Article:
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Radio emission from IGR J17091-3624 observed with the ATCA

ATel #3246; S. Corbel (Univ. Paris Diderot / CEA Saclay) and T. Tzioumis (ATNF/CSIRO)
on 29 Mar 2011; 15:29 UT
Credential Certification: S. CORBEL (corbel@discovery.saclay.cea.fr)

Subjects: Radio, Infra-Red, X-ray, Request for Observations, Black Hole, Transient

Referred to by ATel #: 3247, 3275

Following the discovery of the new transient IGR J17177-3656 by INTEGRAL (ATel #3223) and the recent improvement of its location by Chandra (ATel #3236), we report the results of radio observations conducted with the Australia Telescope Compact Array (1.5A configuration) and the new CABB back-end. Data were obtained on 2011 March 22 simultaneously at 5.5 and 9 GHz.

The preliminary analysis of the ATCA data indicates the presence of a single radio source within the small Chandra X-ray error circle. This radio source lies outside the Swift error box (ATel #3236, #3236).

The measured flux densities are 0.24 +/- 0.06 mJy at 5500 MHz and 0.20 +/- 0.06 mJy at 9000 MHz, giving a poor constrain on the spectral index (alpha = -0.37 +/- 0.79). The radio spectrum is either consistent with the emission from self absorbed compact jets or optically thin synchrotron from a discrete ejection event.

By combining the data-sets at both frequencies, the location of the radio source is RA(J2000) = 17:17:42.59 and Dec(J2000) = -36:56:04.4 (0.5" positional uncertainty). Given its location in the Chandra error box, it likely corresponds to the radio counterpart of IGR J17177-3656. However, variability at radio frequencies would be needed to clearly establish this association. Assuming it corresponds to the right counterpart, the radio position would also rule out the faint infrared star mentioned in ATel #3241.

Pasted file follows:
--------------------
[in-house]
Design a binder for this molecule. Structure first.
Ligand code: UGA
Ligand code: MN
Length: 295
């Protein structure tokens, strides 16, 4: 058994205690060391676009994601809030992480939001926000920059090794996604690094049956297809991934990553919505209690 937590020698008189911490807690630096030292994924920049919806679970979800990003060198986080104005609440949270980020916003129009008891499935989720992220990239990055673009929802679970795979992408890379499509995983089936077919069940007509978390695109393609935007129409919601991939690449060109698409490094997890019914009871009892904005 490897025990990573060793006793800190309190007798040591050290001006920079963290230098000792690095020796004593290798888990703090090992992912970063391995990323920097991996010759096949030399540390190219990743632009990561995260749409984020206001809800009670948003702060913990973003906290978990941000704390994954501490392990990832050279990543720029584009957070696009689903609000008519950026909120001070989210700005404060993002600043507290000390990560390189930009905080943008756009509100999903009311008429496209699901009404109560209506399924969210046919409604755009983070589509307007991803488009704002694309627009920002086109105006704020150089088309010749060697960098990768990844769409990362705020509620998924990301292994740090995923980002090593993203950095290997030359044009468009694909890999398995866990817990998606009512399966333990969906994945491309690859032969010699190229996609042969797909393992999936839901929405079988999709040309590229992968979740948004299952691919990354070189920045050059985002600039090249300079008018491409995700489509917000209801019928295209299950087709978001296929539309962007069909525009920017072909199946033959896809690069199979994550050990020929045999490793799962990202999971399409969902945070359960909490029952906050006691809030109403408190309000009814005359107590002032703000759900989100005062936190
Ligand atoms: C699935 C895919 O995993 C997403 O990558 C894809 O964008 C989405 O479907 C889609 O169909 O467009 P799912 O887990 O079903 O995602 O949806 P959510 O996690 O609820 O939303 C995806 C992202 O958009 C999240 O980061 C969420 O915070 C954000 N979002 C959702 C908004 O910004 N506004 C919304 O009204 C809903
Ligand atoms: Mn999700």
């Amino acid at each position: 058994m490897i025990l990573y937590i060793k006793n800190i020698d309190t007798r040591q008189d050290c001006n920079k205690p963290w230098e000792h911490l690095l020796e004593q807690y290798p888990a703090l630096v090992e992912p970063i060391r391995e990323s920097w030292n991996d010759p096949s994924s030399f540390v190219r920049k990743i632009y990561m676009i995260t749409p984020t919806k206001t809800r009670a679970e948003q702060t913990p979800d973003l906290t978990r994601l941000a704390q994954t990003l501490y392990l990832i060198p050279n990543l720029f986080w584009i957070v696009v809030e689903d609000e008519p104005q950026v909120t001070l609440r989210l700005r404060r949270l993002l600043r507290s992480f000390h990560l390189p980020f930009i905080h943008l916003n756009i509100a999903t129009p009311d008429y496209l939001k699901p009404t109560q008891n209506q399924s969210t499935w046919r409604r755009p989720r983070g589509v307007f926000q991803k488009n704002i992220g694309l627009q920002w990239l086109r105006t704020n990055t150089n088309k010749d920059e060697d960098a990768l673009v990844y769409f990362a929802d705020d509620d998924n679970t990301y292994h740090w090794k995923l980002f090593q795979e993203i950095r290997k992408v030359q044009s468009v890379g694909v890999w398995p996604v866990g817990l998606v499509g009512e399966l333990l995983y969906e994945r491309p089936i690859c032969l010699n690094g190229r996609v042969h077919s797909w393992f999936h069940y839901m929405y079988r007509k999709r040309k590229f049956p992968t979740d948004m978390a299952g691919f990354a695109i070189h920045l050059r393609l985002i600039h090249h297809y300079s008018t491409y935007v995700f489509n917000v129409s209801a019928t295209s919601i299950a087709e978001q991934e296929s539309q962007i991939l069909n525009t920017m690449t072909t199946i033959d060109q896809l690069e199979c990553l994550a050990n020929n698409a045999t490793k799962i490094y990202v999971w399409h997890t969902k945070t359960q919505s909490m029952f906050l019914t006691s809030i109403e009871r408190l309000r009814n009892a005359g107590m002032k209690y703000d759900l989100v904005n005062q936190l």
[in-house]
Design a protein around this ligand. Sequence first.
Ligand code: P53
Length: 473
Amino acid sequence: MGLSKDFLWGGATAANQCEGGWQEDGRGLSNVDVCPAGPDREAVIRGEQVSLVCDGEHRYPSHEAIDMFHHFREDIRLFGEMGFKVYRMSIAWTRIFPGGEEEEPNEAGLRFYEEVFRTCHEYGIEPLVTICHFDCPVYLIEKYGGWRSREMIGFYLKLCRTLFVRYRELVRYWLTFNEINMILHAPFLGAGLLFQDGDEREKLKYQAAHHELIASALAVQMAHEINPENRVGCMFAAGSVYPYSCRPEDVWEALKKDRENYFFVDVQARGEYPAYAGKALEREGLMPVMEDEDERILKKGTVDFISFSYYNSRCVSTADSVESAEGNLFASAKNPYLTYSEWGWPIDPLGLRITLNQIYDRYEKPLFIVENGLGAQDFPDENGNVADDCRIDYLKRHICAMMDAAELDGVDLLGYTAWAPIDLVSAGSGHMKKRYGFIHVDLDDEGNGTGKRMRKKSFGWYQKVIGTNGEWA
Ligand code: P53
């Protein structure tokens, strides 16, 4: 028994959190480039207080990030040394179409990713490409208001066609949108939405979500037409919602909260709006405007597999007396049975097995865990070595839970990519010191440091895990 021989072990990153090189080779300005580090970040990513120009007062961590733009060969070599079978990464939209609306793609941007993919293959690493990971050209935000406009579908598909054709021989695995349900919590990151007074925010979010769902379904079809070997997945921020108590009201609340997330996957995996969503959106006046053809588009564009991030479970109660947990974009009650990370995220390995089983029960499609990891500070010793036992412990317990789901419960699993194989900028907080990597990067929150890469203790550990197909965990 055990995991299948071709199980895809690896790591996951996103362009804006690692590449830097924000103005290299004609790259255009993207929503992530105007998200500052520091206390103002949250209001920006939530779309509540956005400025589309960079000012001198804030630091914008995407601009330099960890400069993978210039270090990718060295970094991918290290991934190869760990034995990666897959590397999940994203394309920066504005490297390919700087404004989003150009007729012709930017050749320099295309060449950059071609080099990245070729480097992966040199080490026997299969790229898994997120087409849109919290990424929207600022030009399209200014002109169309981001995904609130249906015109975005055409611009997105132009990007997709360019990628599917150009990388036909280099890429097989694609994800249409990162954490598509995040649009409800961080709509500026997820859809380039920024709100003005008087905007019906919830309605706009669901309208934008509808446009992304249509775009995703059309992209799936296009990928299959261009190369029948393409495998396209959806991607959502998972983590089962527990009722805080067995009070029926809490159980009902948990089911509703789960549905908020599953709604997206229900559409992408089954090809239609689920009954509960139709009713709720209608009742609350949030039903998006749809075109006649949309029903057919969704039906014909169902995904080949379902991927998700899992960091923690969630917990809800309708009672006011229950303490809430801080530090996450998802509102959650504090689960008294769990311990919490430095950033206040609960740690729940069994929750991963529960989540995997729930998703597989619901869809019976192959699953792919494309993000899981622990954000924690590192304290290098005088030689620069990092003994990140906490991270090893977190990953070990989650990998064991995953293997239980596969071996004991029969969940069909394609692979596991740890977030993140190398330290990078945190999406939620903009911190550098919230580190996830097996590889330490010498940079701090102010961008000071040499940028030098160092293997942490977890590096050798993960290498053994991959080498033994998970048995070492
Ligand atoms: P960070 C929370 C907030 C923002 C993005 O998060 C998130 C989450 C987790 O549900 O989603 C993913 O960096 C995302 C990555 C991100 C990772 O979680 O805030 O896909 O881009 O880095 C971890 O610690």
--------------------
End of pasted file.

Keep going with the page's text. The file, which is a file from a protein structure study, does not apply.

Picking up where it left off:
A Chandra observation (ATel #3236) was conducted the same day as our ATCA observation. The reported X-ray spectral parameters allow us to compare the radio/X-ray luminosity ratio of IGR J17177-3656 to accreting binary systems. For a radio emission originating from self absorbed compact jets and assuming a distance of 8 kpc (still uncertain), IGR J17177-3656 seems to follow the behavior of H 1743-322 at low flux, when it starts to join the standard correlation of GX 339-4 (for more details, see Coriat et al. 2011, MNRAS, in press, astro-ph/1101.5159), possibly suggesting (but no proof yet) that IGR J17177-3656 could be a black hole candidate in the hard state. Alternatively, the radio emission may also be the residual emission of a discrete ejection event. Further observations at all wavelengths are therefore encouraged.